He goes on to remark on this person’s pride. This person is puffed up and conceited. They know nothing. They are obsessed with dispute. In other words, they live for the argument. A more wooden reading might say, “[he] is sick with disputes…” He vomits up disagreement. That’s all he can do. This person is a contrarian. More interestingly is the kind of disputation Paul identifies in v. 4. Paul is not outlawing all disputation. But he does indicate a repudiation of diputes about words, signified by the word arguments (λογομαχία). These are useless, semantic disputes. In this passage, Paul by no means makes all disputes unlawful.

Therefore, holy dispute cannot be characterized by dispute for dispute’s sake. Holy dispute is not engaged by unholy people. Moreover, holy dispute cannot be about trivial things, like semantics, word battles, competition of sheer rhetoric, etc. Those are all insufficient explanations for disputation.

What Holy Disputation Is

Paul expressly helps us with a definition when he writes:

For the weapons of our warfare are not carnal but mighty in God for pulling down strongholds, casting down arguments and every high thing that exalts itself against the knowledge of God, bringing every thought into captivity to the obedience of Christ, and being ready to punish all disobedience when your obedience is fulfilled. ~ 2 Corinthians 10:4-6

And also an example of disputation among believers, “Now when Peter had come to Antioch, I withstood him to his face, because he was to be blamed (Gal. 2:11).”

There are about three characteristics of dispute gleaned from these two passages. First, holy disputation casts down unholy arguments raised against God. Second, holy disputes are useful for bringing minds into compliance to Christ. Third, holy disputation can, and often does, take place among brethren. Therefore, I offer a concise and positive definition of holy dispute as follows:

Holy dispute is that Christian practice of bringing thoughts into captivity to Christ through honest disagreement and argumentation conducive to resolving such disagreement.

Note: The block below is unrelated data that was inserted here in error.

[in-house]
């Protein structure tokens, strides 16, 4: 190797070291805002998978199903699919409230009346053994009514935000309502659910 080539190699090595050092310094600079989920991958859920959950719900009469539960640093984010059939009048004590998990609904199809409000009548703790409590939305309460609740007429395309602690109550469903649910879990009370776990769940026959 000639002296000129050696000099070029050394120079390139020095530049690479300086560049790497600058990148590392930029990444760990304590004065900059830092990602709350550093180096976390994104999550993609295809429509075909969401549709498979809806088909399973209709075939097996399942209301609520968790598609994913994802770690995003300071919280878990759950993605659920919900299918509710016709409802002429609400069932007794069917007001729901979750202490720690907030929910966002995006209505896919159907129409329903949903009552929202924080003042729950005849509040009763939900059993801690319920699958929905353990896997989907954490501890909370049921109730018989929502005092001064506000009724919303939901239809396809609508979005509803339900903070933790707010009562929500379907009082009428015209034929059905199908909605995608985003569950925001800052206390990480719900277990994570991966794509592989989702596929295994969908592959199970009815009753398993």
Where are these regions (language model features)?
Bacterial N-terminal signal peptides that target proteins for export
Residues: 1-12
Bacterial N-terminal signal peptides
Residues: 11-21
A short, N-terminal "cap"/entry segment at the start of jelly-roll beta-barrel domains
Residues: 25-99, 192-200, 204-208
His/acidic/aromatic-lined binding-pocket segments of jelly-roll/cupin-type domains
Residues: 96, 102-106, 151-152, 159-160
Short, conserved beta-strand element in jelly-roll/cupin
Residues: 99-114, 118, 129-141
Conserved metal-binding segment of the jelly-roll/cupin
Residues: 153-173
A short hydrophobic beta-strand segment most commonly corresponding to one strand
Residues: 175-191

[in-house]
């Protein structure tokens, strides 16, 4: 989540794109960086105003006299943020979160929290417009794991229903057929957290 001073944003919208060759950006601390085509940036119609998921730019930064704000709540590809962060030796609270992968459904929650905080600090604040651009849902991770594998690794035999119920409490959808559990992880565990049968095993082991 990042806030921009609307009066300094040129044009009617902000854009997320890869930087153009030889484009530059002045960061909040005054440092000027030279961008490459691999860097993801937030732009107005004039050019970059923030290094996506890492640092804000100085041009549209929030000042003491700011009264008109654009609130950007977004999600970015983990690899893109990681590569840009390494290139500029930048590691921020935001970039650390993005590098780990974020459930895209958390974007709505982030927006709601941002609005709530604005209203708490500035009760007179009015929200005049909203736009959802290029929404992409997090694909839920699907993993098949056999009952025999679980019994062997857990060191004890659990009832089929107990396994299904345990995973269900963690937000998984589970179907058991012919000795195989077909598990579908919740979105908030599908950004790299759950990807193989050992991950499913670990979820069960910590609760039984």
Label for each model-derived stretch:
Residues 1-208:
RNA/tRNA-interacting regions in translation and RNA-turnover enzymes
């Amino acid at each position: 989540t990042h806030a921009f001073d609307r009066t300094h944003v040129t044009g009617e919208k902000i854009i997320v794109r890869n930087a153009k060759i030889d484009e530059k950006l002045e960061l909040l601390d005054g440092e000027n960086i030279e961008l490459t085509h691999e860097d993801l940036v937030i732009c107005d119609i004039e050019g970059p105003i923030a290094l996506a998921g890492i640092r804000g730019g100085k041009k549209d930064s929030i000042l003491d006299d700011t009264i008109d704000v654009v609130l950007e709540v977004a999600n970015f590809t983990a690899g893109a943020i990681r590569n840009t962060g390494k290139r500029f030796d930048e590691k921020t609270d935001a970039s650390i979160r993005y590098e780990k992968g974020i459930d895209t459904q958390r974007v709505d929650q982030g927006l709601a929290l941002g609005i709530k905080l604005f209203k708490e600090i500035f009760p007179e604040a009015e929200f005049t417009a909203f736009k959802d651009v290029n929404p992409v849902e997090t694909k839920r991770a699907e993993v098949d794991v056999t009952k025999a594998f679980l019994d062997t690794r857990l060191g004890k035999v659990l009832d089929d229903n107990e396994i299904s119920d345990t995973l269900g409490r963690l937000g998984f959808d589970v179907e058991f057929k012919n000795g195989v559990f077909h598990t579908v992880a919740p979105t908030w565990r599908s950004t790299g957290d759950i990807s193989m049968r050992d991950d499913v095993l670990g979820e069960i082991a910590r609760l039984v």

Holy disputation, on the Christian’s part, can be either intermural or intramural. Intermural dispute would entail a Christian disputing with a non-Christian interlocutor. Intramural dispute would be when two or more Christians dispute with one another over doctrine and/or practice.

When to Dispute & When Not to Dispute

Now that we’ve at least started a discussion concerning the nature of disputation, it would now be prudent to identify some criteria which might help us decide when and when not to dispute.

There are three questions we all must ask prior to entering into dispute:

1) Is the dispute concerning what is true? The goal of all holy disputation must be an arrival at the truth. Any other intention or purpose of dispute is insufficient and self-refuting. For disputation presupposes the categories of truth and falsehood, and disagreements arise precisely because one party believes the truth is being misrepresented by the other, and visa versa.

2) Is the dispute about God’s revealed doctrine? This could be doctrine revealed through nature or doctrine revealed through Scripture. Either way, God’s teaching is always worth discussion, and when a correct understanding thereof is at stake, it is always worth disputation. This is the very reason Paul confronted Peter to his face, in public I might add.

3) Is your intention to love your neighbor through dispute? If you are not disputing in an effort to love your neighbor to the glory of God, you might as well call it quits. Our intention, as Christians, must be in the right place prior to entering into disputation. Therefore, if your intention is any place other than obeying the second greatest commandment (Matt. 22:39), you ought to reassess yourself and, perhaps, change course.